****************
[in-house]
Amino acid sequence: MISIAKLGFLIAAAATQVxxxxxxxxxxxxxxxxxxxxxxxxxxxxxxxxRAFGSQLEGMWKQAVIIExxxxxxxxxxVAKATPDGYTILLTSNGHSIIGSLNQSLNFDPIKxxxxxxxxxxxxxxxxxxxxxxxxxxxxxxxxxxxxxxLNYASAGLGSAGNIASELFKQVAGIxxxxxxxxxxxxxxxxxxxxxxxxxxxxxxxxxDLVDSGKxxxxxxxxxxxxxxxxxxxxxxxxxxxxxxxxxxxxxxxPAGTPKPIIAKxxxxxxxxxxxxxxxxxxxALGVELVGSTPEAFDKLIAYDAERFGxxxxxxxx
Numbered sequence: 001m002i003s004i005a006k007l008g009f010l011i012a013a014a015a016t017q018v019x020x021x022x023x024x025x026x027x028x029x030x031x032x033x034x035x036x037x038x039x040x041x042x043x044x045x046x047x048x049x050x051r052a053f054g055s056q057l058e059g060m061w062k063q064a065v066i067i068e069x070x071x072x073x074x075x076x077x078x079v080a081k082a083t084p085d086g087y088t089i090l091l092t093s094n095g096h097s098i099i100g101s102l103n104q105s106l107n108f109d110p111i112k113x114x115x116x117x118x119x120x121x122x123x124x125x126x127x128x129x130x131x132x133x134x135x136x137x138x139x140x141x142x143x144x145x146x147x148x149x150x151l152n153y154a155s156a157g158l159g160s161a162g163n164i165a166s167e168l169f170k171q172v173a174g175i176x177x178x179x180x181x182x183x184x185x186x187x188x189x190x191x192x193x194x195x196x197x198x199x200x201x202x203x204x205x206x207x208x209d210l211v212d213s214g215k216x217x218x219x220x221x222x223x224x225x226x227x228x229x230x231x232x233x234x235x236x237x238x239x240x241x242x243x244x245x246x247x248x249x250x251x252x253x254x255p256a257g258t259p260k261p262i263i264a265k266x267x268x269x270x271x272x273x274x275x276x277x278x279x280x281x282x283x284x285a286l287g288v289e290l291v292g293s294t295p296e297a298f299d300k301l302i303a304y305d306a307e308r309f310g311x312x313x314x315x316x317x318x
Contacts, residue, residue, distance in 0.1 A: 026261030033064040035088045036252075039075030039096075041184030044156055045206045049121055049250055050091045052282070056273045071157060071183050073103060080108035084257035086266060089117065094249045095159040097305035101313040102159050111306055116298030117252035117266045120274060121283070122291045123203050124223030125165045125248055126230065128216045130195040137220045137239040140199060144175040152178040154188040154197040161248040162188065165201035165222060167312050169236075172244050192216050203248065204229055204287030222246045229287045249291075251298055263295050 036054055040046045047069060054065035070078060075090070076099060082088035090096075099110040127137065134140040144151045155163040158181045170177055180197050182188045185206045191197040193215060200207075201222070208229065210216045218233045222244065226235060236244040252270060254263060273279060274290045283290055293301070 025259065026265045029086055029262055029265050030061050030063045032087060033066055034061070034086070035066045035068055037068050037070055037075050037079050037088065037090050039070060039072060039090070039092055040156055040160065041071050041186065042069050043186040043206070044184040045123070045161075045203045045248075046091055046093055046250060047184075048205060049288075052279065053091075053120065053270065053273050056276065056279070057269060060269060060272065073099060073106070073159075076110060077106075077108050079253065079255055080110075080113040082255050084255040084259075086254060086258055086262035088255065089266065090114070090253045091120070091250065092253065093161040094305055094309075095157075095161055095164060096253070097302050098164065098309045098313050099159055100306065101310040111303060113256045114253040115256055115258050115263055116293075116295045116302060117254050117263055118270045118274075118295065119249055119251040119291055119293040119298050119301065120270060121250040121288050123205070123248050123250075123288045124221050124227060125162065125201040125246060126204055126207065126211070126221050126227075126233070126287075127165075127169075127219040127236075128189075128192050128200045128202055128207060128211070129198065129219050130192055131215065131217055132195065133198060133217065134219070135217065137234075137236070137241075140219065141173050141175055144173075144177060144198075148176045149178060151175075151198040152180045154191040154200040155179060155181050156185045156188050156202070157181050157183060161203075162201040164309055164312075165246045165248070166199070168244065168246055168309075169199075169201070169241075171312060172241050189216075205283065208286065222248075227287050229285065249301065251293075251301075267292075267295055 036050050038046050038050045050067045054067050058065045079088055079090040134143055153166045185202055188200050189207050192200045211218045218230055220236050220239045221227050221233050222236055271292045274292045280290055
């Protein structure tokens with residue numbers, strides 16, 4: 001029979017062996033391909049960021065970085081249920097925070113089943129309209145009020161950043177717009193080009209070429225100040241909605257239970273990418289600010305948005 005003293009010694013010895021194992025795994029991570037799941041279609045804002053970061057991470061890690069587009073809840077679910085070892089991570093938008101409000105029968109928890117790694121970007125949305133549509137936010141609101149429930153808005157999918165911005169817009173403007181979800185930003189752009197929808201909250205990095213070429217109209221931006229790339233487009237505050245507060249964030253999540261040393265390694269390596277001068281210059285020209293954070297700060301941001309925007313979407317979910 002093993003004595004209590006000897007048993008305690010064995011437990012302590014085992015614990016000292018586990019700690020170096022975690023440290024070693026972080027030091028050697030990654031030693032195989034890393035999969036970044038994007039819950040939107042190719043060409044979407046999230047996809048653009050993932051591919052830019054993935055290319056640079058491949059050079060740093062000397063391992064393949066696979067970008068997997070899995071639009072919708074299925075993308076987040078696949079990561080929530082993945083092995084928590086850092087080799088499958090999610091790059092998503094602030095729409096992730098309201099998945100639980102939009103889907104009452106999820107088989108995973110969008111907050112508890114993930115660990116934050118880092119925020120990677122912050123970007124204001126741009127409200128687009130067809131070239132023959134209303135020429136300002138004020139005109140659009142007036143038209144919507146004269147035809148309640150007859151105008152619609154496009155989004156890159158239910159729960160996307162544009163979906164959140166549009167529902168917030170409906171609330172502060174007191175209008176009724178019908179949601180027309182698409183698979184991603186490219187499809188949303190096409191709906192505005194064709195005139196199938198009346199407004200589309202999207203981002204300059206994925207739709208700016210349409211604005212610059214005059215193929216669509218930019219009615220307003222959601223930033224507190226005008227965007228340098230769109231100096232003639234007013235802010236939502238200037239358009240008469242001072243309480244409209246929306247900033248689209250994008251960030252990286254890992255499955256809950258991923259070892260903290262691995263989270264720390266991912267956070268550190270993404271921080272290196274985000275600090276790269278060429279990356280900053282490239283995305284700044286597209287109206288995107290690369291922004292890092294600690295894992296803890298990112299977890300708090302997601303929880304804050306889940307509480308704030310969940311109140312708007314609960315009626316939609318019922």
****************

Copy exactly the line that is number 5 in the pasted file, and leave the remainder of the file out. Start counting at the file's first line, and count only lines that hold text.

């Protein structure tokens with residue numbers, strides 16, 4: 001029979017062996033391909049960021065970085081249920097925070113089943129309209145009020161950043177717009193080009209070429225100040241909605257239970273990418289600010305948005 005003293009010694013010895021194992025795994029991570037799941041279609045804002053970061057991470061890690069587009073809840077679910085070892089991570093938008101409000105029968109928890117790694121970007125949305133549509137936010141609101149429930153808005157999918165911005169817009173403007181979800185930003189752009197929808201909250205990095213070429217109209221931006229790339233487009237505050245507060249964030253999540261040393265390694269390596277001068281210059285020209293954070297700060301941001309925007313979407317979910 002093993003004595004209590006000897007048993008305690010064995011437990012302590014085992015614990016000292018586990019700690020170096022975690023440290024070693026972080027030091028050697030990654031030693032195989034890393035999969036970044038994007039819950040939107042190719043060409044979407046999230047996809048653009050993932051591919052830019054993935055290319056640079058491949059050079060740093062000397063391992064393949066696979067970008068997997070899995071639009072919708074299925075993308076987040078696949079990561080929530082993945083092995084928590086850092087080799088499958090999610091790059092998503094602030095729409096992730098309201099998945100639980102939009103889907104009452106999820107088989108995973110969008111907050112508890114993930115660990116934050118880092119925020120990677122912050123970007124204001126741009127409200128687009130067809131070239132023959134209303135020429136300002138004020139005109140659009142007036143038209144919507146004269147035809148309640150007859151105008152619609154496009155989004156890159158239910159729960160996307162544009163979906164959140166549009167529902168917030170409906171609330172502060174007191175209008176009724178019908179949601180027309182698409183698979184991603186490219187499809188949303190096409191709906192505005194064709195005139196199938198009346199407004200589309202999207203981002204300059206994925207739709208700016210349409211604005212610059214005059215193929216669509218930019219009615220307003222959601223930033224507190226005008227965007228340098230769109231100096232003639234007013235802010236939502238200037239358009240008469242001072243309480244409209246929306247900033248689209250994008251960030252990286254890992255499955256809950258991923259070892260903290262691995263989270264720390266991912267956070268550190270993404271921080272290196274985000275600090276790269278060429279990356280900053282490239283995305284700044286597209287109206288995107290690369291922004292890092294600690295894992296803890298990112299977890300708090302997601303929880304804050306889940307509480308704030310969940311109140312708007314609960315009626316939609318019922």